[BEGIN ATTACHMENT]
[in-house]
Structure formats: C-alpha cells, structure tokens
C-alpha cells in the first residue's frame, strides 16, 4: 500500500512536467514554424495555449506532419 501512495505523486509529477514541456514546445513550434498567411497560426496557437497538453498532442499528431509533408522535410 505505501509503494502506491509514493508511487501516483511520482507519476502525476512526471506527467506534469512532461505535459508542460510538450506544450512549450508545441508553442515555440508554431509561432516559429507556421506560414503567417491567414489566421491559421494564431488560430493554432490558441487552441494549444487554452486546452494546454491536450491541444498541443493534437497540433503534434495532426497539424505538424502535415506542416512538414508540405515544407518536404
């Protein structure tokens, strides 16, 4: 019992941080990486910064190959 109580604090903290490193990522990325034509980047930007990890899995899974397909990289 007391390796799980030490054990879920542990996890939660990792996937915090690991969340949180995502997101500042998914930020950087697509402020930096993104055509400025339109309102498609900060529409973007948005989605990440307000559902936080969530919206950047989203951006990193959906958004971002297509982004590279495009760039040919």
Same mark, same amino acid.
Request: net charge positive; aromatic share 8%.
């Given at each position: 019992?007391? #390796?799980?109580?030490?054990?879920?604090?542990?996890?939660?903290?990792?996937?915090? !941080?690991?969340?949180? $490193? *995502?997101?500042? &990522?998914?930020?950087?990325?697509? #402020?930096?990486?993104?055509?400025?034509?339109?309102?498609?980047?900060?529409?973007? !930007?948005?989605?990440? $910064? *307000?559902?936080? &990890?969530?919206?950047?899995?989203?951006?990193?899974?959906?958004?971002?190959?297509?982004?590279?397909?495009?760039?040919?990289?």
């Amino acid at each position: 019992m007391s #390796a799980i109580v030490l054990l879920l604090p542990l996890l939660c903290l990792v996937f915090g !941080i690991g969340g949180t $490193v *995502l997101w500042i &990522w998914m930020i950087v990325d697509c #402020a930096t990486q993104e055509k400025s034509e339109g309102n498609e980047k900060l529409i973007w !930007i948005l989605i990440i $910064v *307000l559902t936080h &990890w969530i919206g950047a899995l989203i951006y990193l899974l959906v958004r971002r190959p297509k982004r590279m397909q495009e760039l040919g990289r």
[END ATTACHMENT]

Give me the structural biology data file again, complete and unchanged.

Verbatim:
[in-house]
Structure formats: C-alpha cells, structure tokens
C-alpha cells in the first residue's frame, strides 16, 4: 500500500512536467514554424495555449506532419 501512495505523486509529477514541456514546445513550434498567411497560426496557437497538453498532442499528431509533408522535410 505505501509503494502506491509514493508511487501516483511520482507519476502525476512526471506527467506534469512532461505535459508542460510538450506544450512549450508545441508553442515555440508554431509561432516559429507556421506560414503567417491567414489566421491559421494564431488560430493554432490558441487552441494549444487554452486546452494546454491536450491541444498541443493534437497540433503534434495532426497539424505538424502535415506542416512538414508540405515544407518536404
């Protein structure tokens, strides 16, 4: 019992941080990486910064190959 109580604090903290490193990522990325034509980047930007990890899995899974397909990289 007391390796799980030490054990879920542990996890939660990792996937915090690991969340949180995502997101500042998914930020950087697509402020930096993104055509400025339109309102498609900060529409973007948005989605990440307000559902936080969530919206950047989203951006990193959906958004971002297509982004590279495009760039040919």
Same mark, same amino acid.
Request: net charge positive; aromatic share 8%.
């Given at each position: 019992?007391? #390796?799980?109580?030490?054990?879920?604090?542990?996890?939660?903290?990792?996937?915090? !941080?690991?969340?949180? $490193? *995502?997101?500042? &990522?998914?930020?950087?990325?697509? #402020?930096?990486?993104?055509?400025?034509?339109?309102?498609?980047?900060?529409?973007? !930007?948005?989605?990440? $910064? *307000?559902?936080? &990890?969530?919206?950047?899995?989203?951006?990193?899974?959906?958004?971002?190959?297509?982004?590279?397909?495009?760039?040919?990289?």
């Amino acid at each position: 019992m007391s #390796a799980i109580v030490l054990l879920l604090p542990l996890l939660c903290l990792v996937f915090g !941080i690991g969340g949180t $490193v *995502l997101w500042i &990522w998914m930020i950087v990325d697509c #402020a930096t990486q993104e055509k400025s034509e339109g309102n498609e980047k900060l529409i973007w !930007i948005l989605i990440i $910064v *307000l559902t936080h &990890w969530i919206g950047a899995l989203i951006y990193l899974l959906v958004r971002r190959p297509k982004r590279m397909q495009e760039l040919g990289r």